17. Alexander, king of Macedon, began to study geometry; unhappy man, because he would thereby learn how puny was that earth of which he had seized but a fraction! Unhappy man, I repeat, because he was bound to understand that he was bearing a false title. For who can be "great" in that which is puny? The lessons which were being taught him were intricate and could be learned only by assiduous application; they were not the kind to be comprehended by a madman, who let his thoughts range beyond the ocean. "Teach me something easy!" he cries; but his teacher answers: "These things are the same for all, as hard for one as for another." 18. Imagine that nature is saying to us: "Those things of which you complain are the same for all. I cannot give anything easier to any man, but whoever wishes will make things easier for himself." In what way? By equanimity. You must suffer pain, and thirst, and hunger, and old age too, if a longer stay among men shall be granted you; you must be sick, and you must suffer loss and death. 19. Nevertheless, you should not believe those whose noisy clamour surrounds you; none of these things is an evil, none is beyond your power to bear, or is burdensome. It is only by common opinion that there is anything formidable in them. Your fearing death is therefore like your fear of gossip. But what is more foolish than a man afraid of words? Our friend Demetrius is wont to put it cleverly when he says: "For me the talk of ignorant men is like the rumblings which issue from the belly. For," he adds, "what difference does it make to me whether such rumblings come from above or from below?" 20. What madness it is to be afraid of disrepute in the judgment of the disreputable! Just as you have had no cause for shrinking in terror from the talk of men, so you have no cause now to shrink from these things, which you would never fear had not their talk forced fear upon you. Does it do any harm to a good man to be besmirched by unjust gossip? 21. Then let not this sort of thing damage death, either, in our estimation; death also is in bad odour. But no one of those who malign death has made trial of it.
Meanwhile it is foolhardy to condemn that of which you are ignorant. This one thing, however, you do know – that death is helpful to many, that it sets many free from tortures, want, ailments, sufferings, and weariness. We are in the power of nothing when once we have death in our own power! Farewell.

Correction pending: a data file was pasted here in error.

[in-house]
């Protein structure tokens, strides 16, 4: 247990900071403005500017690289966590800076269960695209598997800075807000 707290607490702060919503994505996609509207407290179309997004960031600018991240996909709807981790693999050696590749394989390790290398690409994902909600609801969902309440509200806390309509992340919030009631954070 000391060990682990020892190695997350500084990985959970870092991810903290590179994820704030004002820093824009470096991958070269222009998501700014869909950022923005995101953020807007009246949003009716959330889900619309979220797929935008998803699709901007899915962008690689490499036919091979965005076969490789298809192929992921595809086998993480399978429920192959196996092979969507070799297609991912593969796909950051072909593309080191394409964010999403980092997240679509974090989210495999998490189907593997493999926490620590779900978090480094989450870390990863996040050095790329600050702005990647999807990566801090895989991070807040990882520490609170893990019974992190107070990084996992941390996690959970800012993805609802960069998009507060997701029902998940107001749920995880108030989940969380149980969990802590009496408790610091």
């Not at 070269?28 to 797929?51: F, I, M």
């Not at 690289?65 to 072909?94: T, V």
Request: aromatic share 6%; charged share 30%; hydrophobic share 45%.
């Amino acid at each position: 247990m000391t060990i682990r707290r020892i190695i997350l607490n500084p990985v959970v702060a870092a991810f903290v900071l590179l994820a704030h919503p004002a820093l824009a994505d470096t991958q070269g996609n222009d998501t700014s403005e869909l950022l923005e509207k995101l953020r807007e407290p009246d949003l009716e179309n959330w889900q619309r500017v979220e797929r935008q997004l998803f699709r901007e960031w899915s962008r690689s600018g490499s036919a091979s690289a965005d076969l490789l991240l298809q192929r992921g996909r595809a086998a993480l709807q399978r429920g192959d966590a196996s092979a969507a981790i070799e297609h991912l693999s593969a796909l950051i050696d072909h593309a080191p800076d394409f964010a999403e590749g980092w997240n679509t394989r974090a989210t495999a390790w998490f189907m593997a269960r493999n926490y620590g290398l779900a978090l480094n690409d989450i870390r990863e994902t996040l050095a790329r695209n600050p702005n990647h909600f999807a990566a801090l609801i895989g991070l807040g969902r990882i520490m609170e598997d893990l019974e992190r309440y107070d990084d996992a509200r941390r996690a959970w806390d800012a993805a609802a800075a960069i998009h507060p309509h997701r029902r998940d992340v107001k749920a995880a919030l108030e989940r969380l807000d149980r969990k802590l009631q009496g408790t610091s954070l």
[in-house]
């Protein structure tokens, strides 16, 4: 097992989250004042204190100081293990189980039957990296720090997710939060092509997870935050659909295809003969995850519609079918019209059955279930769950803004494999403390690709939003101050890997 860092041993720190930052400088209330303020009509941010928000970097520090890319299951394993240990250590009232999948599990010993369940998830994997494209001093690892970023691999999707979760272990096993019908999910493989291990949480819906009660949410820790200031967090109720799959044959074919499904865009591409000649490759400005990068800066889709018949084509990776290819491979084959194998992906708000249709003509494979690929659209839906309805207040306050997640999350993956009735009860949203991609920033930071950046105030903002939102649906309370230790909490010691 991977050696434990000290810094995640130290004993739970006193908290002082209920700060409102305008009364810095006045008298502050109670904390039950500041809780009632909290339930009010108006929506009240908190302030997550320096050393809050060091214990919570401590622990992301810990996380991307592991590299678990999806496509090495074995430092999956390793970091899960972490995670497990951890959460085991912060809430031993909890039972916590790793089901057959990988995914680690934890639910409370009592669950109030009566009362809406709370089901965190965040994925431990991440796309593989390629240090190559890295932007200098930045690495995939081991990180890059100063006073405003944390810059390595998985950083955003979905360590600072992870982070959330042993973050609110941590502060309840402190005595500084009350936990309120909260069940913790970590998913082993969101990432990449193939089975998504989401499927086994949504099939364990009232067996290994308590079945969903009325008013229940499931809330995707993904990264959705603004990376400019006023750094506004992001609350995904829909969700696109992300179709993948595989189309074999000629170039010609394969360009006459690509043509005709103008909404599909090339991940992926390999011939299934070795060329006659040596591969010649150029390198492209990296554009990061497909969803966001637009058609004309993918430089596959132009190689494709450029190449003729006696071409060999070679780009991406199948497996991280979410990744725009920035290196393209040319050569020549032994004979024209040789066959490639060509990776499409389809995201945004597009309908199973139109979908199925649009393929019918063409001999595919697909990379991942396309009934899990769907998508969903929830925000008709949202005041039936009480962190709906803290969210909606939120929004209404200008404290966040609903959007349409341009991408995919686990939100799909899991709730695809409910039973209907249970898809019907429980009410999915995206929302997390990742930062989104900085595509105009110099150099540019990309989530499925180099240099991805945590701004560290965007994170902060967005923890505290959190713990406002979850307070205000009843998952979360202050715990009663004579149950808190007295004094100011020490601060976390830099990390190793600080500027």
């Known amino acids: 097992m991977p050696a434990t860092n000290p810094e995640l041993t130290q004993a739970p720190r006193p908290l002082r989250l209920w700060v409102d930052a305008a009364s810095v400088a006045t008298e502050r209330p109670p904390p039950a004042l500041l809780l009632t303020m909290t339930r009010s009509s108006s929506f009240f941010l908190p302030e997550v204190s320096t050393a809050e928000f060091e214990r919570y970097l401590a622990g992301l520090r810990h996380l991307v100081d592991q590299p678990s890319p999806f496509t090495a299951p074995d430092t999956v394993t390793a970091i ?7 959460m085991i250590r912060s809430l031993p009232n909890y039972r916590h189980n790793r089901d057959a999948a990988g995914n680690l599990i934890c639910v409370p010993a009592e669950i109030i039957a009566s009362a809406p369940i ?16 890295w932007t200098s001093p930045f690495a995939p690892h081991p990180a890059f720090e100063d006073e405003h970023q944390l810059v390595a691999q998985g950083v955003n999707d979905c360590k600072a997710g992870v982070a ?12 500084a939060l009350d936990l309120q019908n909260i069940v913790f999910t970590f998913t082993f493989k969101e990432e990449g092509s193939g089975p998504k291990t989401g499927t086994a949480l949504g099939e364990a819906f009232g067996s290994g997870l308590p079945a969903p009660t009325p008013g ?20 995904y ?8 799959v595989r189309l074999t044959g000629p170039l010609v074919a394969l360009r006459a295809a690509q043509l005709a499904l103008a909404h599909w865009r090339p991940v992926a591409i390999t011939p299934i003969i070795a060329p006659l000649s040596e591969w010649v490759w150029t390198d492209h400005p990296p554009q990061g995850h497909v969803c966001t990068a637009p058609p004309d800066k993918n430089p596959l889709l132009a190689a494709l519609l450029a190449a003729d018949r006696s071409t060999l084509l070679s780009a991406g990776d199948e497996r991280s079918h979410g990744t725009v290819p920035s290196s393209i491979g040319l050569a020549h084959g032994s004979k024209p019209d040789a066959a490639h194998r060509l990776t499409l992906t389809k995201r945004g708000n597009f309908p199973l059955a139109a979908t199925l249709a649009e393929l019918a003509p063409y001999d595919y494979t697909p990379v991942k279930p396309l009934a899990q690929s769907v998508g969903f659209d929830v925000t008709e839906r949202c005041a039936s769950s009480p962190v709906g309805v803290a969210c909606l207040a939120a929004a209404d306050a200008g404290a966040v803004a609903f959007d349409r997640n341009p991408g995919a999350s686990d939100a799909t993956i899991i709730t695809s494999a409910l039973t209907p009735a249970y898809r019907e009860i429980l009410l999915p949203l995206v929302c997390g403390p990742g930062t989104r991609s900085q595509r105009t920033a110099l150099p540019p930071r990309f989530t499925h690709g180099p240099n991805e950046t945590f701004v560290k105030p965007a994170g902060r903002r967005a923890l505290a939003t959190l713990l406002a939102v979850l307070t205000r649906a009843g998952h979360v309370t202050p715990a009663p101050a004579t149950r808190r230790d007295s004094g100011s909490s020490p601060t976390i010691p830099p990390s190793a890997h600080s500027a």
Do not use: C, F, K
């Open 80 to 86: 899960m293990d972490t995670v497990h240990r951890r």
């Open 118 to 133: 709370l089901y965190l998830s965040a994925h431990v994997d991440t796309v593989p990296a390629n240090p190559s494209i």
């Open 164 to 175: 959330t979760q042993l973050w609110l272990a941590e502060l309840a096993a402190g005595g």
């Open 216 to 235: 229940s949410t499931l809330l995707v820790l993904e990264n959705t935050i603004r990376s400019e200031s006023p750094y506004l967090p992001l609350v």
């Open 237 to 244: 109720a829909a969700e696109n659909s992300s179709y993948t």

- ↑ In spite of the centesimus annus of § 14 (q.v.), the most probable date of this letter, based on Tac. Ann. xvi. 13 and other general evidence, is July-September 64 A.D. 58 A.D. would be too early for many reasons – among them that "peace all over the world" would not be a true statement until January of 62. (See the monograph of Jonas, O. Binder, Peiper, and Schultess.)
- ↑ Probably Aebutius Liberalis, to whom the treatise De Beneficiis was dedicated.
- ↑ That Lyons, situated at the junction of the Arar and the Rhone, was of especial prominence in Gaul, may be also gathered from the fact that it boasted a government mint and the Ara Augusti – a shrine established for the annual worship of all the Gallic states. Moreover, the emperor Claudius delivered his famous address in that city (see Tac. Ann. xi. 23 f.).
- ↑ Cf. Ep. iv. 7, esp. the words noli huic tranquillitati confidere; momento mare evertitur.
- ↑ The passage bears a striking resemblance to the words of Theseus in an unknown play of Euripides (Nauck. Frag. 964) quoted by Cicero, Tusc. iii. 14. 29, and by Plutarch, Consolation to Apollonius, 112d.
- ↑ Seneca (N. Q. vi. 26) speaks of Paphos (on the island of Cyprus) as having been more than once devastated. We know of two such accidents – one under Augustus and another under Vespasian. See the same passage for other earthquake shocks in various places.
- ↑ Lyons held an exceptional position in relation to the three Gallic provinces; it was a free town, belonging to none and yet their capital, much like the city of Washington in relation to the United States.
- ↑ A fact mentioned merely to suggest Rome with her seven hills.
- ↑ For example, Mycenae and Tiryns.
- ↑ Probably the writer, and intimate friend of Augustus, who began life in Rome as a captive from Egypt. Falling into disfavour with the Emperor, he took refuge with the malcontent Asinius Pollio at Tusculum, and subsequently died in the East. Cf. Seneca, De Ira, iii. 23.
- ↑ It was in 43 B.C. that Plancus led out the colonists who were chiefly Roman citizens driven from Vienna. Seneca would have been more accurate had he said "one hundred and eighth (or seventh)." Buecheler and Schultess would (unnecessarily) emend to read centesimus septimus. But Seneca was using round numbers.
- ↑ Ardea, the earliest capital of Latium, and Rome, the present capital of the empire. Seneca probably refers to Ardea's capture and destruction by the Samnites in the fourth century; Rome was captured by the Celts in 390 B.C. The former greatness of Ardea was celebrated by Vergil, Aeneid, vii. 411 ff.:
et nunc magnum manet Ardea nomen,
Sed fortuna fuit.
- ↑ Siremps (or sirempse – Plaut. Amph. 73), an ancient legal term, is derived by Festus from similis re ipsa; but Corssen explains it as from sic rem pse.
- ↑ i.e., surveying. See Ep. lxxxviii. 10.
- ↑ i.e., Ὠκεανός, the stream which encircles the earth.
- ↑ This plain-living, plain-speaking philosopher appears also in Epp. xx. 9 and lxii. 3. Seneca refers to him as seminudum, quanto minus quam stramentis incubantem.